Welty told the council, “This is a citizens’ initiative.” He said “a plethora” of illicit “brick and mortar and  mobile delivery systems” are “moving into our residential zones. You have been a witness to this. Set aside this black market. What this initiative does is alleviate a tremendous liability.”
Former Upland City Manager Steve Dunn said “Upland has had marijuana dispensaries since 1996 operating illegally,” and he bemoaned the fact that the city had spent hundreds of thousands of dollars on a failed legal effort to keep such operations out of the city. “We should have done a better job of taxing and regulating medical marijuana,” he said. “We may have closed a dispensary, but it is really a shame the city council as of this moment doesn’t have a policy.” He said the city’s futile and less-than-fully-thought-through, knee jerk reaction against marijuana clinics in general had kept it from formulating an even better set of restrictions than is contained in the initiative, which he said could have been framed better.
“We could have done something a lot more favorable to the city than what is being proposed,” Dunn said.
He said the prohibition mindset with regard to marijuana is hopelessly out of date.
“We spend a lot more money on alcohol related crimes,” Dunn said. “We need to look at why marijuana has been decriminalized in 27 states and legalized in four. Stop wasting time and money and adopt the ordinance as it is or let the people of the city decide once and for all.”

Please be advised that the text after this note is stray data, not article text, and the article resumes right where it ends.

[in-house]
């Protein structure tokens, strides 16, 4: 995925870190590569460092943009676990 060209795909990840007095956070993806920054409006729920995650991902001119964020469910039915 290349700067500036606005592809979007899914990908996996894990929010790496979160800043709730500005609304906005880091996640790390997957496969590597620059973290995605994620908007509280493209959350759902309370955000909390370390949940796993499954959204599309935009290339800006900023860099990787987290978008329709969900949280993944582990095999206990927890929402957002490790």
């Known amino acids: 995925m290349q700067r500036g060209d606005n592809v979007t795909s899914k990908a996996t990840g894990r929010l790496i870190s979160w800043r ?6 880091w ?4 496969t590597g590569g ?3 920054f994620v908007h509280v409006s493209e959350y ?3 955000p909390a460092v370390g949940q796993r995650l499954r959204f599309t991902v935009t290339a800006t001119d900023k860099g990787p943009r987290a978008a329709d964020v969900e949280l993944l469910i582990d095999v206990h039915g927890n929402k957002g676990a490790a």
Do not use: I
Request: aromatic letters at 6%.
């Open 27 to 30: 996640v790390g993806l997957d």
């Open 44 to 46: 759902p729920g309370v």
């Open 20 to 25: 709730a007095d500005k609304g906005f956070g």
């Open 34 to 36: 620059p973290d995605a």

Antidrug activist Paul Chabot, however, encouraged the city to draw the line against the initiative and resist the effort to make marijuana easily available at city-sanctioned clinics. Cabot said the city was being “bullied” by the likes of Diamond, Welty and Beresh. “Sixty-three percent of your citizens don’t want these marijuana dispensaries in your city,” he said. “Over 200 cities have banned them. Less than ten percent have allowed them. In the four cases where initiatives to allow clinics to set up within a particular city’s city limits have gone to a vote, Chabot said, “all four were defeated.” He said “It’s all about money. It was big tobacco in the 1990s. Big marijuana is a multi-million dollar business and it is soon to be a multibillion dollar business.” Paradoxically echoing Welty, he said that marijuana dispensaries “bring in a black market.”
Three members of the council – Mayor Ray Musser, councilwoman Carol Timm and councilman Glenn Bozar – appear resistant to the concept of allowing medical marijuana clinics to operate in town. They believe a majority of the city’s residents are of a like mind. Among dispensary opponents, there is a belief that the initiative will fail if it is voted upon during a regular election. At the same time, they believe chances for the passage of the initiative will be enhanced if it is voted upon during a special election when many voters will not participate and its supporters have the opportunity to network with members of the drug subculture to convince them to make a strong showing at the polls.
The cost of holding a special election in Upland will run to at least $80,000 and could cost as much as $110,000, city officials said.